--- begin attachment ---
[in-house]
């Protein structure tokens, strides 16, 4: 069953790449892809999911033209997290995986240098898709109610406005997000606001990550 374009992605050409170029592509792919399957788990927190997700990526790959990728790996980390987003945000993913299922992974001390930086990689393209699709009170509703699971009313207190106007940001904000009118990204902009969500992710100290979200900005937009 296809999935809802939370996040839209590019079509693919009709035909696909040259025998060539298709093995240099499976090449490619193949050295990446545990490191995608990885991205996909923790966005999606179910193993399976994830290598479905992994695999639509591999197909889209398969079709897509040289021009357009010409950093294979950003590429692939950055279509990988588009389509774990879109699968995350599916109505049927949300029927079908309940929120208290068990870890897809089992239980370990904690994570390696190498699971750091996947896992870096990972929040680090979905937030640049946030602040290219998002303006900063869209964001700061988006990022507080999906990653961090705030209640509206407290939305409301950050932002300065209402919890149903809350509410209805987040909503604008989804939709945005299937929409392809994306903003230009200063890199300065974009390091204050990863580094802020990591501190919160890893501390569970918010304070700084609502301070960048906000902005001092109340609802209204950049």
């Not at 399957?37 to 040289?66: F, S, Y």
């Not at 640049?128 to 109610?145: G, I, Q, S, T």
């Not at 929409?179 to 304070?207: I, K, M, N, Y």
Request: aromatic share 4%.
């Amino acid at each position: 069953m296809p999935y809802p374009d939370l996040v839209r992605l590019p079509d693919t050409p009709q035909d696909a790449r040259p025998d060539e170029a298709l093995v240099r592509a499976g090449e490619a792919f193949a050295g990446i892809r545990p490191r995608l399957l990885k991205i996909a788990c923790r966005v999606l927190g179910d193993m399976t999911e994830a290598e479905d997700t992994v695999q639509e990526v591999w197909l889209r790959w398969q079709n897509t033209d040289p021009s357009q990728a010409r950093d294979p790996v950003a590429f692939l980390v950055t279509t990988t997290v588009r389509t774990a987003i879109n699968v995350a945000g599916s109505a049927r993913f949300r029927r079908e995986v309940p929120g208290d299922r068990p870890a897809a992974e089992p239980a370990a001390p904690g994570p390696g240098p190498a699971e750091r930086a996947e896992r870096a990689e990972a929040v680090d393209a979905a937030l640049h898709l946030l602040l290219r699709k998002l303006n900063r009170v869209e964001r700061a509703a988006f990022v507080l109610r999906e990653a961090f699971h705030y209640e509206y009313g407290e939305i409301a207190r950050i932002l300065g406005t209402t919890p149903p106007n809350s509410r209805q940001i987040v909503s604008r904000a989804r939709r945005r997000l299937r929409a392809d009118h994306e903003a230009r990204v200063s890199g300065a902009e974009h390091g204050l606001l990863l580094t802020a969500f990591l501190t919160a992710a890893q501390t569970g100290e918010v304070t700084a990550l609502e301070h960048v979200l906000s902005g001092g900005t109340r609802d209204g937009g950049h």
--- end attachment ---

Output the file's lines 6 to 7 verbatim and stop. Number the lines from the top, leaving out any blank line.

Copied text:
Request: aromatic share 4%.
């Amino acid at each position: 069953m296809p999935y809802p374009d939370l996040v839209r992605l590019p079509d693919t050409p009709q035909d696909a790449r040259p025998d060539e170029a298709l093995v240099r592509a499976g090449e490619a792919f193949a050295g990446i892809r545990p490191r995608l399957l990885k991205i996909a788990c923790r966005v999606l927190g179910d193993m399976t999911e994830a290598e479905d997700t992994v695999q639509e990526v591999w197909l889209r790959w398969q079709n897509t033209d040289p021009s357009q990728a010409r950093d294979p790996v950003a590429f692939l980390v950055t279509t990988t997290v588009r389509t774990a987003i879109n699968v995350a945000g599916s109505a049927r993913f949300r029927r079908e995986v309940p929120g208290d299922r068990p870890a897809a992974e089992p239980a370990a001390p904690g994570p390696g240098p190498a699971e750091r930086a996947e896992r870096a990689e990972a929040v680090d393209a979905a937030l640049h898709l946030l602040l290219r699709k998002l303006n900063r009170v869209e964001r700061a509703a988006f990022v507080l109610r999906e990653a961090f699971h705030y209640e509206y009313g407290e939305i409301a207190r950050i932002l300065g406005t209402t919890p149903p106007n809350s509410r209805q940001i987040v909503s604008r904000a989804r939709r945005r997000l299937r929409a392809d009118h994306e903003a230009r990204v200063s890199g300065a902009e974009h390091g204050l606001l990863l580094t802020a969500f990591l501190t919160a992710a890893q501390t569970g100290e918010v304070t700084a990550l609502e301070h960048v979200l906000s902005g001092g900005t109340r609802d209204g937009g950049h």